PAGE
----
Testing the market
Five Pittsburg State students compete in stock competition
| Kelsea Renz managing editor |
Five Pittsburg State business students placed fourth in the local part of an annual global competition, in which they assumed the roles of research analysts to value a publicly traded company.
The competition, the CFA Institute Research Challenge, is a contest between schools that tests each team’s ability to value a stock and write a report about its results.
“A lot of it was just understanding the background of the company,” said Victoria McKinnon, senior in accounting and finance. “We were trying to incorporate what we saw in growth values and change that into a numerical value to understand what the value would be of the stock.”
Out of the five students who started the competition in September, only McKinnon, Adilet Saralinov and Stuart Semple completed the presentation round. The other two students, Xin Liu and Brendan Sheehy, dropped out of the group due to conflicts.
The remaining members had to work together to analyze the financial statements and potential growth of Kansas City Southern (KCS) Railway Company to create a stock value.
“It was really a group effort. We had to be really organized and had to have really strict schedules,” McKinnon said. “We were all going crazy on this team.”
The team made it to the presentation round in Kansas City before being knocked out of the competition.
“I think they did a great job,” said Kevin Bracker, professor of finance and the team’s adviser. “It was a tremendous amount of extra work they had to take on in order to do this, and the competition was really tough, as well.”
Pitt State students had to overcome more challenges than some of the other schools’ teams did.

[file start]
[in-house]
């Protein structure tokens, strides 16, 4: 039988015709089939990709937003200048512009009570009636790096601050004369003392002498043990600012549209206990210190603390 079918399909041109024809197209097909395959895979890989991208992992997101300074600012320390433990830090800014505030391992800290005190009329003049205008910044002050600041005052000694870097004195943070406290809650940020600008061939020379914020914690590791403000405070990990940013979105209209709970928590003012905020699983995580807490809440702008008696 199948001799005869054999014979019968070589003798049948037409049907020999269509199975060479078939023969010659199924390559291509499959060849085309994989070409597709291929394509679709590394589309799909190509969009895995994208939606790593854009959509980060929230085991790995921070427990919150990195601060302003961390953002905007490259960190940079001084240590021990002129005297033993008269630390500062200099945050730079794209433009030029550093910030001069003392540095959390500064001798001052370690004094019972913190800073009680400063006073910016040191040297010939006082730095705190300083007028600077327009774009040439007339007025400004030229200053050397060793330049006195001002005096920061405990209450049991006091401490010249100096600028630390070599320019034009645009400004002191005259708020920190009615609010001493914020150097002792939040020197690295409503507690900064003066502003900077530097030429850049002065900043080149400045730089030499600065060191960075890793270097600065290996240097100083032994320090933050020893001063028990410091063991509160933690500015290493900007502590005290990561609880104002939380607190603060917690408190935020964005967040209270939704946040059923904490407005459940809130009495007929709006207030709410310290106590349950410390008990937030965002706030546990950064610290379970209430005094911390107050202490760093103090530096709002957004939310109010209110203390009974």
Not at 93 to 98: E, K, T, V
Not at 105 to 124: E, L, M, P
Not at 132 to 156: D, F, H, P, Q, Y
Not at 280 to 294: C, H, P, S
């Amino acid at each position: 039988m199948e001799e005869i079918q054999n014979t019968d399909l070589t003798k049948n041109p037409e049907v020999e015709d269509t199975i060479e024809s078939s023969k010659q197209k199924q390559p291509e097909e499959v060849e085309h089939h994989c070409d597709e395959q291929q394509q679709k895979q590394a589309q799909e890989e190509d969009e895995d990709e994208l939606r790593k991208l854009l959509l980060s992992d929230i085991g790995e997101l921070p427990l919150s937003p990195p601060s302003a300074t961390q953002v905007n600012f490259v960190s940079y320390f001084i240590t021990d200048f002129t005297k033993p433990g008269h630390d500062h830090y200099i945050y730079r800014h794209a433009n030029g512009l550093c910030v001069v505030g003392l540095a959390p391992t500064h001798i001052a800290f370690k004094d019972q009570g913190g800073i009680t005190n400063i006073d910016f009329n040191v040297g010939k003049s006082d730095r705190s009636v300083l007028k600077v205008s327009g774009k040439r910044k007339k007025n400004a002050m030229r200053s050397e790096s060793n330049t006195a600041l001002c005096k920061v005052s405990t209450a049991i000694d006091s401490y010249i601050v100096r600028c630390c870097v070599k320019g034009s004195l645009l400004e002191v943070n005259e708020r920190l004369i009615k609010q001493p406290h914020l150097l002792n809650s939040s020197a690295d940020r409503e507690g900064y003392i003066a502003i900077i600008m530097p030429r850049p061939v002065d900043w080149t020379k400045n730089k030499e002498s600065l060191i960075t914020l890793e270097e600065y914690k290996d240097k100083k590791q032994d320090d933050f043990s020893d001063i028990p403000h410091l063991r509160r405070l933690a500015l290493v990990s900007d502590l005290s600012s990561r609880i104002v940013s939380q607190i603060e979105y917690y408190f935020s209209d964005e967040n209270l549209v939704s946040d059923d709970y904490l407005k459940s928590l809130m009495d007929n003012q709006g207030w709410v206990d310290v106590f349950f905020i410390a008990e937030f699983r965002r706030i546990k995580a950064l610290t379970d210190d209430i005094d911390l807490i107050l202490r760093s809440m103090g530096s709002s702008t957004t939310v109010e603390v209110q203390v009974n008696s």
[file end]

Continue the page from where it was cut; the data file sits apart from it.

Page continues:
“Our students have only had one undergraduate finance course,” Bracker said, “but other programs have students who have had more coursework before they start the competition.”
Having never done anything like this before, the students got a lot out of the competition, even though they did not make it past the first round.
“I feel like my understanding of everything financial has all just become more clear from working this in depth on a project,” McKinnon said. “And I’ll still be using this information in my job.”
The team will be able to use their increased knowledge to help them in the future.
“The experience as a whole was very informative,” said Semple, senior in finance and accounting. “It was also great for creating industry contacts who help recent graduates locate and acquire jobs in the financial markets.”
Bracker says he volunteered to be the adviser because he knew how much the competition could help the students.
“The students that participated in it were able to use their experience to get jobs and internships,” he said. “Even for those that don’t go into that career, I think the…skills they develop…provides tremendous benefits.”